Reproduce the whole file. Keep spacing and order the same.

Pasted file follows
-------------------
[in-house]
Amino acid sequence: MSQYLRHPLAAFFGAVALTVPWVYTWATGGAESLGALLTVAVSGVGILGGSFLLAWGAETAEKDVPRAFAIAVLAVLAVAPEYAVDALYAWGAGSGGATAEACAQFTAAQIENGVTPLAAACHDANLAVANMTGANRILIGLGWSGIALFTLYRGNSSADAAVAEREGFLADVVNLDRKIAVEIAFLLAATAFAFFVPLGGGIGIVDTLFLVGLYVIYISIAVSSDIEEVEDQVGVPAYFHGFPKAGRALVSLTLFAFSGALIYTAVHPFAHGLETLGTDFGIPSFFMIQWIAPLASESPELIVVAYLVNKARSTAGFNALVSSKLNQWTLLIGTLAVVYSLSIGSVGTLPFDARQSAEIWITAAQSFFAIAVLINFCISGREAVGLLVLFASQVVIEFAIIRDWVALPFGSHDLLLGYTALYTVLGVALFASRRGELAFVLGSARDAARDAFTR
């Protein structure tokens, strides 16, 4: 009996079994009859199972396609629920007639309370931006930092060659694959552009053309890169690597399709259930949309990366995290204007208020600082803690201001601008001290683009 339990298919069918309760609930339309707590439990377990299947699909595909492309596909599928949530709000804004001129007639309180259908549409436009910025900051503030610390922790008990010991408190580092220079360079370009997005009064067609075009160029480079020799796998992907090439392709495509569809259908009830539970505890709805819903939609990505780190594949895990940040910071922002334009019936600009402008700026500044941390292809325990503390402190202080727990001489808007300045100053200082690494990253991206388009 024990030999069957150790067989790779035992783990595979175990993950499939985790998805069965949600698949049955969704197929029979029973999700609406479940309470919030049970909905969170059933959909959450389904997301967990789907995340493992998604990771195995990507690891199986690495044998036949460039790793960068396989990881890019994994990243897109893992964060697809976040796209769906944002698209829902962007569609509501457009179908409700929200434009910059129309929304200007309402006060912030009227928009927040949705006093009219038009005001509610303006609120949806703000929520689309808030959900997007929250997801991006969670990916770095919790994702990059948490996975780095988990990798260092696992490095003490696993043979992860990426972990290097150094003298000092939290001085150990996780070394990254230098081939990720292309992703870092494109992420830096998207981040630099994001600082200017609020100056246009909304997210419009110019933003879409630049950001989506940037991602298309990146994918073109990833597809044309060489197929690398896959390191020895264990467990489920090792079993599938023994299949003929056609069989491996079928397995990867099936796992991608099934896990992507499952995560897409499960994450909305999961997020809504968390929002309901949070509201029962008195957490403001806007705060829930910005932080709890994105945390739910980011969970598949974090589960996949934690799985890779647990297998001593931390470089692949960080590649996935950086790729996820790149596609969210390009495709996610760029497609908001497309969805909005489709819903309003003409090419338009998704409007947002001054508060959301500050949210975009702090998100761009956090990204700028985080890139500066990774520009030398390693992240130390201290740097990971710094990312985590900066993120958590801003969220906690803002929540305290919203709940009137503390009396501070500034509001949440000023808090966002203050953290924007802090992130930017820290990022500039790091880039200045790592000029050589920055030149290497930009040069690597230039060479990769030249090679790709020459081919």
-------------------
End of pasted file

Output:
[in-house]
Amino acid sequence: MSQYLRHPLAAFFGAVALTVPWVYTWATGGAESLGALLTVAVSGVGILGGSFLLAWGAETAEKDVPRAFAIAVLAVLAVAPEYAVDALYAWGAGSGGATAEACAQFTAAQIENGVTPLAAACHDANLAVANMTGANRILIGLGWSGIALFTLYRGNSSADAAVAEREGFLADVVNLDRKIAVEIAFLLAATAFAFFVPLGGGIGIVDTLFLVGLYVIYISIAVSSDIEEVEDQVGVPAYFHGFPKAGRALVSLTLFAFSGALIYTAVHPFAHGLETLGTDFGIPSFFMIQWIAPLASESPELIVVAYLVNKARSTAGFNALVSSKLNQWTLLIGTLAVVYSLSIGSVGTLPFDARQSAEIWITAAQSFFAIAVLINFCISGREAVGLLVLFASQVVIEFAIIRDWVALPFGSHDLLLGYTALYTVLGVALFASRRGELAFVLGSARDAARDAFTR
């Protein structure tokens, strides 16, 4: 009996079994009859199972396609629920007639309370931006930092060659694959552009053309890169690597399709259930949309990366995290204007208020600082803690201001601008001290683009 339990298919069918309760609930339309707590439990377990299947699909595909492309596909599928949530709000804004001129007639309180259908549409436009910025900051503030610390922790008990010991408190580092220079360079370009997005009064067609075009160029480079020799796998992907090439392709495509569809259908009830539970505890709805819903939609990505780190594949895990940040910071922002334009019936600009402008700026500044941390292809325990503390402190202080727990001489808007300045100053200082690494990253991206388009 024990030999069957150790067989790779035992783990595979175990993950499939985790998805069965949600698949049955969704197929029979029973999700609406479940309470919030049970909905969170059933959909959450389904997301967990789907995340493992998604990771195995990507690891199986690495044998036949460039790793960068396989990881890019994994990243897109893992964060697809976040796209769906944002698209829902962007569609509501457009179908409700929200434009910059129309929304200007309402006060912030009227928009927040949705006093009219038009005001509610303006609120949806703000929520689309808030959900997007929250997801991006969670990916770095919790994702990059948490996975780095988990990798260092696992490095003490696993043979992860990426972990290097150094003298000092939290001085150990996780070394990254230098081939990720292309992703870092494109992420830096998207981040630099994001600082200017609020100056246009909304997210419009110019933003879409630049950001989506940037991602298309990146994918073109990833597809044309060489197929690398896959390191020895264990467990489920090792079993599938023994299949003929056609069989491996079928397995990867099936796992991608099934896990992507499952995560897409499960994450909305999961997020809504968390929002309901949070509201029962008195957490403001806007705060829930910005932080709890994105945390739910980011969970598949974090589960996949934690799985890779647990297998001593931390470089692949960080590649996935950086790729996820790149596609969210390009495709996610760029497609908001497309969805909005489709819903309003003409090419338009998704409007947002001054508060959301500050949210975009702090998100761009956090990204700028985080890139500066990774520009030398390693992240130390201290740097990971710094990312985590900066993120958590801003969220906690803002929540305290919203709940009137503390009396501070500034509001949440000023808090966002203050953290924007802090992130930017820290990022500039790091880039200045790592000029050589920055030149290497930009040069690597230039060479990769030249090679790709020459081919």